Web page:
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Editor: Paulos Z. Huang
The Yearbook of Chinese Theology is an international, ecumenical and fully peer-reviewed annual that covers Chinese Christianity in the areas of Biblical Studies, Church History, Systematic Theology, Practical Theology, and Comparative Religions. It offers genuine Chinese theological research previously unavailable in English, by top scholars in the study of Christianity in China.

The 2020 volume highlights the five-disciplines of Sino-Western Studies and its guest editor is Thomas Qinghe Xiao. Further contributors are: Paulos Huang, Jianming Chen, Jiangbo Huang, Shangyang Sun and Ding Li, Qiuling Li, Gong Liang, Grace Hui Liang, Anwu Lin, Chunjie Lin, Fenglin Xu, Hao Yuan and Xuanyi Zhou.
Editor: Paulos Z. Huang
The Yearbook of Chinese Theology is an international, ecumenical and fully peer-reviewed annual that covers Chinese Christianity in the areas of Biblical Studies, Church History, Systematic Theology, Practical Theology, and Comparative Religions. It offers genuine Chinese theological research previously unavailable in English, by top scholars in the study of Christianity in China.

The 2019 volume highlights the five-disciplines of Karl Barth and Sino-Christian theology and its guest editor is Thomas Xutong Qu. Further contributions are from: Paulos Huang and Thomas Xutong Qu, Wai Luen Kwok, Xin Leng, Shi-Min Lu, Quan Li, G. Wright Doyle, Jin Li and Li Ma, Liang Hong, Liang Hong, Shao Kai Tseng, Xiangchen Sun.
In Missionary Primitivism and Chinese Modernity: the Brethren in Twentieth-Century China, David Woodbridge offers an account of a little-known Protestant missionary group. Often depicted as extreme and marginal, the Brethren were in fact an influential force within modern evangelicalism. They sought to recreate the life of the primitive church, and to replicate the simplicity and dynamism of its missionary work.
Using newly-released archive material, Woodbridge examines the activities of Brethren missionaries in diverse locations across China, from the cosmopolitan treaty ports to the Mongolian and Tibetan frontiers. The book presents a fascinating encounter between primitivist missionaries and a modernising China, and reveals the important role of the Brethren in the development of Chinese Christianity.
The Church as Safe Haven conceptualizes the rise of Chinese Christianity as a new civilizational paradigm that encouraged individuals and communities to construct a sacred order for empowerment in modern China. Once Christianity enrooted itself in Chinese society as an indigenous religion, local congregations acquired much autonomy which enabled new religious institutions to take charge of community governance. Our contributors draw on newly-released archival sources, as well as on fieldwork observations investigating what Christianity meant to Chinese believers, how native actors built their churches and faith-based associations within the pre-existing social networks, and how they appropriated Christian resources in response to the fast-changing world. This book reconstructs the narratives of ordinary Christians, and places everyday faith experience at the center.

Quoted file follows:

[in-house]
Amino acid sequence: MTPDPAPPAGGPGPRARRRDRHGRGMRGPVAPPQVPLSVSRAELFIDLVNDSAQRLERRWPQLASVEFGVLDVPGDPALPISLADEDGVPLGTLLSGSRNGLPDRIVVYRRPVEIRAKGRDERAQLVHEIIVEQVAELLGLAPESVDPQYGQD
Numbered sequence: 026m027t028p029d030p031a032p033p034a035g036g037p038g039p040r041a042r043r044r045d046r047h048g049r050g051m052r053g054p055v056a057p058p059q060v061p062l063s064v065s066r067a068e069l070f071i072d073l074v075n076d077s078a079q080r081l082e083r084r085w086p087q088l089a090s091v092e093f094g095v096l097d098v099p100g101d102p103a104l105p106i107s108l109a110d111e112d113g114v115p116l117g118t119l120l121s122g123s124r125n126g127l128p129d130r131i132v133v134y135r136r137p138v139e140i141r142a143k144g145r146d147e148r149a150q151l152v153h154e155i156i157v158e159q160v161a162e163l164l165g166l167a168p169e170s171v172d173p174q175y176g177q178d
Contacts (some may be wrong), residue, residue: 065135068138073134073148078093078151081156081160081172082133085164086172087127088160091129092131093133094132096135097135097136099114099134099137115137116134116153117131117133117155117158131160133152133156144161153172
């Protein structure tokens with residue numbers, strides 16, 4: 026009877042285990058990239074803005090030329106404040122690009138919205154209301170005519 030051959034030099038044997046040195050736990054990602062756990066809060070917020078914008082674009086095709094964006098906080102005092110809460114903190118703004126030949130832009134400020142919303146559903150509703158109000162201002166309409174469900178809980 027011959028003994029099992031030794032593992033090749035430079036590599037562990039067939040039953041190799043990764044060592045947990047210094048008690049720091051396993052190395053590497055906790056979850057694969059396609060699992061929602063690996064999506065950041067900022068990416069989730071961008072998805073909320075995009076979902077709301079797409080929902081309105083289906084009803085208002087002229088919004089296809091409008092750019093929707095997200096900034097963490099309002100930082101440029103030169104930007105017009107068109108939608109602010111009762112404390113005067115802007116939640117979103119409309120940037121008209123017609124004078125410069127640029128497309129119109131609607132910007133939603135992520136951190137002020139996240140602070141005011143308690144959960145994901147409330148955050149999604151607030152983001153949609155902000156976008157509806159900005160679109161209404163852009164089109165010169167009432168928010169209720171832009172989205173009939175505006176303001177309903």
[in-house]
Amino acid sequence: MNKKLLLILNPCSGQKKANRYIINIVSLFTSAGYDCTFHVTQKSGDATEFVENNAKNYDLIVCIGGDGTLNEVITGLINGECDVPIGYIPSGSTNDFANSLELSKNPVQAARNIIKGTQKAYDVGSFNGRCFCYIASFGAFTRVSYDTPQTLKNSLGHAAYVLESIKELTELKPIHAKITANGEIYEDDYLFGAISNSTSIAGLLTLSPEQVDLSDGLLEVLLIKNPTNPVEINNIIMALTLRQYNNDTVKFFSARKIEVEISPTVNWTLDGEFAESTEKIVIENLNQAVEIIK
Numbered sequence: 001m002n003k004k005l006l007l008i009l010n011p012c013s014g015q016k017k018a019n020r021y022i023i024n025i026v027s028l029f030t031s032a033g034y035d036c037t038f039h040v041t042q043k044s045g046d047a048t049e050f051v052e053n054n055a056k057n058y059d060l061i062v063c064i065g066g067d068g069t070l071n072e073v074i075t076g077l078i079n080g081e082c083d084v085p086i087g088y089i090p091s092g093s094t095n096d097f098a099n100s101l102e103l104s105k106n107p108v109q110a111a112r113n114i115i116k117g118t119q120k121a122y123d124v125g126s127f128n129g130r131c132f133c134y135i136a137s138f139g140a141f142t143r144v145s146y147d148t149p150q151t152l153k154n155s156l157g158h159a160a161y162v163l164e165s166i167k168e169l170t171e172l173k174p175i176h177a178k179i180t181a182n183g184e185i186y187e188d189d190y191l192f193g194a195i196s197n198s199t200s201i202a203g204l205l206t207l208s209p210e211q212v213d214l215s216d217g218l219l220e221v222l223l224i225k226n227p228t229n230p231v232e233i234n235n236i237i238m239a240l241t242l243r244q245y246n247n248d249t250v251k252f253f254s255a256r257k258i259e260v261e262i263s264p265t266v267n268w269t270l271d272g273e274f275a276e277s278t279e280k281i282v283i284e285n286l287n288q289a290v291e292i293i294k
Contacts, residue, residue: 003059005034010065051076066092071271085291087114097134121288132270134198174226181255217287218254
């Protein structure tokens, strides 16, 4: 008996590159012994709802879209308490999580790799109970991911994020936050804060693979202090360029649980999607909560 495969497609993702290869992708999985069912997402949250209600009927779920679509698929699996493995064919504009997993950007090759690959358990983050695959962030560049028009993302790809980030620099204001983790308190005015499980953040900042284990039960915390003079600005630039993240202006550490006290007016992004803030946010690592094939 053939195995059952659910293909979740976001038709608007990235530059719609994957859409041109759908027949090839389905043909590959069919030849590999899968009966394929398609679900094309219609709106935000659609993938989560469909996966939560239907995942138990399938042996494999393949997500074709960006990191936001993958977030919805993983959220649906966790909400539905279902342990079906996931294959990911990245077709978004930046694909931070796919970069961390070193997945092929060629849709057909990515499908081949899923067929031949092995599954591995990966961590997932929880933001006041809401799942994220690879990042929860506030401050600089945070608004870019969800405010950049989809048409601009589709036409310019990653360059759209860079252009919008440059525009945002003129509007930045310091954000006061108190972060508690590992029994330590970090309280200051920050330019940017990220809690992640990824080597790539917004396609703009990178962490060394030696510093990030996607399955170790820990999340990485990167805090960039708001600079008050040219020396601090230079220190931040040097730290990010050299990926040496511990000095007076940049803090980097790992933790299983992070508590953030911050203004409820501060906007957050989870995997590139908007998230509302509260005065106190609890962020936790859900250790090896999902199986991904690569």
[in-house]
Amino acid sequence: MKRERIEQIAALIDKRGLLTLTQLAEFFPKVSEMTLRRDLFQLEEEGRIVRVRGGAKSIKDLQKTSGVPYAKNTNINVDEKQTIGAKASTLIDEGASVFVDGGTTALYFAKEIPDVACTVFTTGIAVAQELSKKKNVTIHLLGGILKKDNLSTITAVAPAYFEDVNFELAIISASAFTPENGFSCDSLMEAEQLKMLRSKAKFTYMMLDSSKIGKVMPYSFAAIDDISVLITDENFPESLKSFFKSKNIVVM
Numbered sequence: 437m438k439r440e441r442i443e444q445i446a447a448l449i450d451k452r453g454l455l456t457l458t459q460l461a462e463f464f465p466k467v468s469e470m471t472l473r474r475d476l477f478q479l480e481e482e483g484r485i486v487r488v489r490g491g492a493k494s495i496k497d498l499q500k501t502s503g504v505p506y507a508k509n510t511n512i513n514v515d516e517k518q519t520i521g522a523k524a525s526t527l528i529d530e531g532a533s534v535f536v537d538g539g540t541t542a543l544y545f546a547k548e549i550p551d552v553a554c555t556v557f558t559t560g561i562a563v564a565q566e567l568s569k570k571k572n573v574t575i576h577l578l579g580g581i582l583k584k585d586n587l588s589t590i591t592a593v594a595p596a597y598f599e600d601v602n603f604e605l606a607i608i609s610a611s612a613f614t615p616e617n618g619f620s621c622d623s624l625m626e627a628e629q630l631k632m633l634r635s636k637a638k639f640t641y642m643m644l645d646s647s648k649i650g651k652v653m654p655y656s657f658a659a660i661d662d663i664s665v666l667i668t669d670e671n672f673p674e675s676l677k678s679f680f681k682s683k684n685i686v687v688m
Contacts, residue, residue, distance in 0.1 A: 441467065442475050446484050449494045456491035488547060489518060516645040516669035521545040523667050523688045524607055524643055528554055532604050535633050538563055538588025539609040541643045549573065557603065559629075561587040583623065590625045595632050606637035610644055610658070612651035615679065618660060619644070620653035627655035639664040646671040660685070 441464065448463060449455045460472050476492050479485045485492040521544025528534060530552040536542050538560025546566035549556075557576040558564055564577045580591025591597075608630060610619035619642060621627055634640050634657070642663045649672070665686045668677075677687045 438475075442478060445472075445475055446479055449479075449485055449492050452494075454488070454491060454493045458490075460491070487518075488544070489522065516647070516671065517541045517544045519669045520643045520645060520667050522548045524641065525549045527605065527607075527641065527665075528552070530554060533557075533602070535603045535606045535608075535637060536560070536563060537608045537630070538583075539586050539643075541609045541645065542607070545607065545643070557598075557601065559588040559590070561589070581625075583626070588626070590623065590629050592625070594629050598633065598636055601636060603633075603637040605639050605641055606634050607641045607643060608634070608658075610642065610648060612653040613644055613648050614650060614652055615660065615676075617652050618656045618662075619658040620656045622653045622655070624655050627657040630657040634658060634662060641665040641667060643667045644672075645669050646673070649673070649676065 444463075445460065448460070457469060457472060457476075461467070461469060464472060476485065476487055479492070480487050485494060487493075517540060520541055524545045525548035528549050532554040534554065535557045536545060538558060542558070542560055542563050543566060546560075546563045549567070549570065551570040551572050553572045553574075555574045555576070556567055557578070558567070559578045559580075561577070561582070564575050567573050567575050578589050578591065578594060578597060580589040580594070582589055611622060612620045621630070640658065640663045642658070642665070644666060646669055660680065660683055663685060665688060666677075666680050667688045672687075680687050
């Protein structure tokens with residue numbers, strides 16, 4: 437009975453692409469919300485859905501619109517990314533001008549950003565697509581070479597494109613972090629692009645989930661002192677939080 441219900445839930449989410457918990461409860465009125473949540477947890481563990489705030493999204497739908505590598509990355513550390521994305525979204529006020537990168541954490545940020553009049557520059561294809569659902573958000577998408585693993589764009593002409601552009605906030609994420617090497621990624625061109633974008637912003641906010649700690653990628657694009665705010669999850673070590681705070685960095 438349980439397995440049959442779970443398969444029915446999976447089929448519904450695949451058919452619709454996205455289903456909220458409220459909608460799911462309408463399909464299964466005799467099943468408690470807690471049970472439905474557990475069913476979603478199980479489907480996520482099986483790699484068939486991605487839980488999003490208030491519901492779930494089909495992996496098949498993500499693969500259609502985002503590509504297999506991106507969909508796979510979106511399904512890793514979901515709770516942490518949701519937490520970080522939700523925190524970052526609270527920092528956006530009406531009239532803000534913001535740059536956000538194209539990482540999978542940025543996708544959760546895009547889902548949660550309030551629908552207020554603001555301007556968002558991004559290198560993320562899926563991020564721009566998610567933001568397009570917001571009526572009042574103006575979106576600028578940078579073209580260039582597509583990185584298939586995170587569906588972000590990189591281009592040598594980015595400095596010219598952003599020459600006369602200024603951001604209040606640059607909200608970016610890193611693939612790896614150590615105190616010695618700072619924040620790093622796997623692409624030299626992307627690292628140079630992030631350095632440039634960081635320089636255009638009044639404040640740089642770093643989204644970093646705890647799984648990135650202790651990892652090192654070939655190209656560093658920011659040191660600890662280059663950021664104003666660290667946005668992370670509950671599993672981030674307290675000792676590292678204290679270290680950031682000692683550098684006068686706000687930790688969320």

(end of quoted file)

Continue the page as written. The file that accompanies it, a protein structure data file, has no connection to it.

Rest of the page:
Contributors are: Christie Chui-Shan Chow, Lydia Gerber, Melissa Inouye, Diana Junio, David Jong Hyuk Kang, Lars Peter Laamann, Joseph Tse-Hei Lee, George Kam Wah Mak, John R. Stanley, R. G. Tiedemann, Man-Shun Yeung.
Editor: Paulos Z. Huang
The Yearbook of Chinese Theology is an international, ecumenical and fully peer-reviewed annual that covers Chinese Christianity in the areas of Biblical Studies, Church History, Systematic Theology, Practical Theology, and Comparative Religions. It offers genuine Chinese theological research previously unavailable in English, by top scholars in the study of Christianity in China.

The 2017 volume highlights the five sub-disciplines of theology with contributions from: Juhong Ai, Jianming Chen & Tao Xiao, Xiaojuan Cheng, Xiangping Li, Gong Liang, Jianbo Huang, Paulos Huang, Meixiu Wang, Philip L. Wickeri, Kevin Xiyi Yao, Jie Zhao, Weichi Zhou.
From Missionary to Indigenous Church
Among the assumptions interrogated in this volume, edited by Anthony E. Clark, is if Christianity should most accurately be identified as “Chinese” when it displays vestiges of Chinese cultural aesthetics, or whether Chinese Christianity is more indigenous when it is allowed to form its own theological framework. In other words, can theological uniqueness also function as a legitimate Chinese Christian cultural expression in the formation of its own ecclesial identity? Also central to what is explored in this book is how missionary influences, consciously or unconsciously, introduced seeds of independence into the cultural ethos of China’s Christian community. Chinese girls who pushed “the limits of proper behaviour,” for example, added to the larger sense of confidence as China’s Christians began to resist the model of Christianity they had inherited from foreign missionaries.

Contributors are: Robert E. Carbonneau, CP, Christie Chui-Shan Chow, Amanda C. R. Clark, Lydia Gerber, Joseph W. Ho, Joseph Tse-hei Lee, Audrey Seah, Jean-Paul Wiest, and Xiaoxin Wu.